Hallagan, Robert E. [MAJ/USA] "An Introduction to Our Intelligence Branch Operational Concept." Military Intelligence 19, no. 1 (Jan.-Mar. 1993): 6-15.
From Paul E. Menoher, Jr. [MGEN/USA], "Vantage Point," MI 19.1: "The IBOC outlines how we as a branch must operate to support field commanders properly, as we transition from a forward deployed [forward-based deterrence] to a predominantly CONUS-based, force projection Army [strategic combat power projection]. The concept integrates the new family of systems we will field between now and 1997, and is the basis ... for a major revision of our intelligence doctrine."
Halleck, H.W. "Military Espionage." American Journal of International Law 5 (Jul. 1911): 590-603. [Petersen]
Halliday, John T. Flying through Midnight: A Pilot's Dramatic Story of His Secret Missions over Laos during the Vietnam War. New York: Scribner, 2005.
A former Raven and RF-4 pilot, Polifka, Air & Space Power Journal 21.4 (Winter 2007), "found so many errors in fact in the first 100 pages" that he "began to doubt that Halliday was ever in Southeast Asia. The fact that he was indeed there makes things even worse." There are dozens of "questionable recollections in this book [that] will make any veteran of that time and place wonder about the authors veracity."
Hallion, Richard P. The Naval Air War in Korea. Baltimore, MD: Nautical & Aviation Publishing Co., 1986.
The author discusses air strike intelligence received from covert collection activities.
Halloran, Liz. "Bye-Bye to Secret Spy Program?" U.S. News & World Report, 27 Nov. 2006, 31.
President Bush's marching orders to Republican members of Congress to pass legislation authorizing NSA's domestic eavesdropping program has been met with "deafening silence." In addition, "some three dozen legal challenges have been filed questioning the program's legality and Bush's wartime powers claim."
Halperin, Morton H.
1. "Decision Making for Covert Operations." Society 12 (Mar.-Apr. 1975): 45-51. [Petersen]
2. "Prohibiting Covert Operations." First Principles 12, no. 2 (1987): 13-14, 16. [Petersen]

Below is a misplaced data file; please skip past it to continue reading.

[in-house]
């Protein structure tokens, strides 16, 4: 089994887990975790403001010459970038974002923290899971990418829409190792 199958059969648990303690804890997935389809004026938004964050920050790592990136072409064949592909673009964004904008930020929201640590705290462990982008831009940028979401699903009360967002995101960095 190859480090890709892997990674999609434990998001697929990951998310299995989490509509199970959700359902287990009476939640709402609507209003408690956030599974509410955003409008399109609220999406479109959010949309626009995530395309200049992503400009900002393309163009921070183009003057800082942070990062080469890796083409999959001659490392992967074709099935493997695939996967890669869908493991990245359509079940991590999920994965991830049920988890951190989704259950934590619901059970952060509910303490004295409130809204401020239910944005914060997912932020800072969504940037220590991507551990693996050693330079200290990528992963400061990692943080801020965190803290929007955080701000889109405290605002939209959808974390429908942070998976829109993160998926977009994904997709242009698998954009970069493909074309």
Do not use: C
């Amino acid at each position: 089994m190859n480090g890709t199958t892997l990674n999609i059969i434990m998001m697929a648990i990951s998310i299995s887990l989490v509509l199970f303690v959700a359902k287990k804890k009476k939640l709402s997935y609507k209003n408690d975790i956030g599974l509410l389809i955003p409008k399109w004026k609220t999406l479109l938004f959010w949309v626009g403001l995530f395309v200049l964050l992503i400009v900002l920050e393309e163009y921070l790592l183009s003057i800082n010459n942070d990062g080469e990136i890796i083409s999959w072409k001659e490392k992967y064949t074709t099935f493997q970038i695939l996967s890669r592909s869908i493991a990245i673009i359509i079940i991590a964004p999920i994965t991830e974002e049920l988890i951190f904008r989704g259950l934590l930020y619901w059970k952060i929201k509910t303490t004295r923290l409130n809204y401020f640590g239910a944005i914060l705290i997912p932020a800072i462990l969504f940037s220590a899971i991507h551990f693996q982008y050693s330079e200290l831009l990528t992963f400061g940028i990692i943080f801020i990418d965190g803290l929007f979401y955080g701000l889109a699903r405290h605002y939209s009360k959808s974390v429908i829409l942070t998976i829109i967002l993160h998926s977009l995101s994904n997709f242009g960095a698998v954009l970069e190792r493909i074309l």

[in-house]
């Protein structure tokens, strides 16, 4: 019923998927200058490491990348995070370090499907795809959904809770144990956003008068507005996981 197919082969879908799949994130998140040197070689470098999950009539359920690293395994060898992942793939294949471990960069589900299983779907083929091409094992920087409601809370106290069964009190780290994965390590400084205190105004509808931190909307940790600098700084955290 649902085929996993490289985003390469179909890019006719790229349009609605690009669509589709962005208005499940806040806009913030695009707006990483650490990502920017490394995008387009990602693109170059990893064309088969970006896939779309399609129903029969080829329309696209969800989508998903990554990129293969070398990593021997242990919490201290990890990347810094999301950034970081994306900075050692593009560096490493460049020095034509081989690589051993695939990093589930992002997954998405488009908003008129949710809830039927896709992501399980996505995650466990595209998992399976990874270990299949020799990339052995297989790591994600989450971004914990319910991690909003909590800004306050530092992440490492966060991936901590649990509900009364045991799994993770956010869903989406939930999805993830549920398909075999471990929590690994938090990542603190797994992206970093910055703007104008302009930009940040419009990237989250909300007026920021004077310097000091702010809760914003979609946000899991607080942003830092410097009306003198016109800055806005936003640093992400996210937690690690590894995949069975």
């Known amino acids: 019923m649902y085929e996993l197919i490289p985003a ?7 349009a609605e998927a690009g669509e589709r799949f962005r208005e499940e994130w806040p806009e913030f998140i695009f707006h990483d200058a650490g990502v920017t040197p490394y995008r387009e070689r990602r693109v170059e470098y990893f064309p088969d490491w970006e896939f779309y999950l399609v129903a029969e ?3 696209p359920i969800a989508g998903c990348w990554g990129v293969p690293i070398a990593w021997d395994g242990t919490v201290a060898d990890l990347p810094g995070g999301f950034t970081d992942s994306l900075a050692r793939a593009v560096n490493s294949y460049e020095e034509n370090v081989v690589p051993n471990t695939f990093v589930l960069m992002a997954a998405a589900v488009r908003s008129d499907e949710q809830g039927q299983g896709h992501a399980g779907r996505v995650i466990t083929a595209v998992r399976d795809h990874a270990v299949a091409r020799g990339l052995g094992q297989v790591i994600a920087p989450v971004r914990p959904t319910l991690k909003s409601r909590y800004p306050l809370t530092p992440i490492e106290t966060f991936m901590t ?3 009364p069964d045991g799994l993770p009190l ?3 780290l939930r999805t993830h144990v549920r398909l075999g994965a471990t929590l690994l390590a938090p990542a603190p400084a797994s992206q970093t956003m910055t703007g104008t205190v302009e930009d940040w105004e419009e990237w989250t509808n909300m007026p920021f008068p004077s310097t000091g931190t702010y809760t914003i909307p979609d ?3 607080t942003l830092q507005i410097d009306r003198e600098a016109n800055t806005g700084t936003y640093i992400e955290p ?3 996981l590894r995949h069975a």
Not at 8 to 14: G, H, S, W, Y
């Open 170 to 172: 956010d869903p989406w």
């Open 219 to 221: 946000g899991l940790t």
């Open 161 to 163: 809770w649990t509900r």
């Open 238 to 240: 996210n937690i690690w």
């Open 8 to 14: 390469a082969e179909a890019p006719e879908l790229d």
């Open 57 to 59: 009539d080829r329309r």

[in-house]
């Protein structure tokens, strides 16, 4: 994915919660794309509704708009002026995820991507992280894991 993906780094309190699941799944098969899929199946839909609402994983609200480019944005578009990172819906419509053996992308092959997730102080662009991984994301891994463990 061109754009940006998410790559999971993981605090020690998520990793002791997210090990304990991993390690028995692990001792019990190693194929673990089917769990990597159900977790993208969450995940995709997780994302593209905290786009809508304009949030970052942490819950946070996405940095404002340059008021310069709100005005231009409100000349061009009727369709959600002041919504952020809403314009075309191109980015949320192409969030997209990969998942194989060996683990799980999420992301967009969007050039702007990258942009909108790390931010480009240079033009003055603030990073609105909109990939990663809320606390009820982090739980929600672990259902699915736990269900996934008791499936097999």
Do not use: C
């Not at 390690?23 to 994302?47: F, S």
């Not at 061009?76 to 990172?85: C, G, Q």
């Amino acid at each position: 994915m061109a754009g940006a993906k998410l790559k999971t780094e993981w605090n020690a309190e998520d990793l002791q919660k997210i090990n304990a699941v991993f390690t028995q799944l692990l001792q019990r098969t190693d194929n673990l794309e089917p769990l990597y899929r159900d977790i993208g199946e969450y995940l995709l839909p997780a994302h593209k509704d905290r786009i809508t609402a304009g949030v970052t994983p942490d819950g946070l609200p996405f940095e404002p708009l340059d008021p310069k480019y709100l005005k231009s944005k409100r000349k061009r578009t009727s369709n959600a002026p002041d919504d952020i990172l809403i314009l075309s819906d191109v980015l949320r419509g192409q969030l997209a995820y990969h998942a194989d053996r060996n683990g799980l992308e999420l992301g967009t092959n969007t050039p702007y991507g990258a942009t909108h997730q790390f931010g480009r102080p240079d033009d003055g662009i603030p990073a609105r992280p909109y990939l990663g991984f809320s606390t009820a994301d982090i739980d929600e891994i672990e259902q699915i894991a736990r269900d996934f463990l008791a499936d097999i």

[CA/(1) 70s & (2)80s]
Halperin, Morton H., et al. The Lawless State: The Crimes of the U.S. Intelligence Agencies. New York: Penguin, 1976. 1981.
Halpern, Paul. "Jutland: A Battle in One Dimension." U.S. Naval Institute Proceedings 132, no. 5 (Jun. 2006): 56-61.
This article includes (p. 58) references to intelligence mistakes on both sides of this battle.
Halpern, Paul G. A Naval History of World War One. Annapolis, MD: Naval Institute Press, 1994. London: UCL Press, 1994.
Lambert, I&NS 11.1, is extremely positive about Halpern's history: "This book will be the standard against which other projects of a similar ambition will be judged." Nevertheless, with regard to the treatment of naval intelligence, the work "adds little to our understanding of the subject" beyond placing intelligence into a broad context.
Halpern, Samuel, and Hayden Peake. "Did Angleton Jail Nosenko?" International Journal of Intelligence and Counterintelligence 3, no. 4 (Winter 1989): 451-464.
The authors conclude that "Admiral Turner got it wrong" in the accusation that Angleton was responsible for the incarceration of Nosenko. That responsibility rests with SR Division, Dave Murphy, and others, but not Angleton.
In a personal interview in February 1998, Dave Murphy commented, "I wish Sam had talked to me before he wrote the article," and suggested that the article had failed to take all the facts into account.
[CIA/Angleton & Angleton/Related]
1. "Where Is Defense HUMINT in America's New War?" Defense Intelligence Journal 11, no. 1 (2003): 81-89.
2. "Defense HUMINT: Yesterday, Today, and Tomorrow." Defense Intelligence Journal 14, no. 1 (2005): 63-77.
This is a stringent critique of Defense Humint. While "the requirements for tactical, actionable HUMINT to support warfighter requirements have increased exponentially[,]... the capacity to satisfy these requirements is significantly diminished." The author discusses changes that could improve the quality of Defense Humint (and, he suggests gingerly, the quality of all U.S. Humint). He covers such matters as personnel, organization, training, language skills, and technology.
Halsall, Christine. Women of Intelligence: Winning the Second World War with Air Photos. Charleston, SC: History Press, 2012.
Peake, Studies 57.3 (Sep 2013), and Intelligencer 20.2 (Fall-Winter 2013), notes that this work tells the story of the British photo interpreter (PI) program at RAF Medmenham "and the allied personnel -- men and women -- that made the British effort a success." The story of the women's "rapid transition to equal-status PIs and managers is a major theme of the book."
Halter, Jon C. Top Secret Projects of World War II. New York: Wanderer, 1978.
According to Sexton, the projects covered include Ultra, Magic, deception, V-weapons, and the atomic bomb.
Halverson, Sean. "Dangerous Patriots: Washington's Hidden Army during the American Revolution." Intelligence and National Security 25, no. 2 (Apr. 2010):. 123-146.
The author argues that Washington's "intelligence networks operated in [a] more proficient and modern manner than their British counterparts." He notes that as President, Washington "continued to construct and rely on his intelligence measures as a tool for his foreign policies in safeguarding the new republic."
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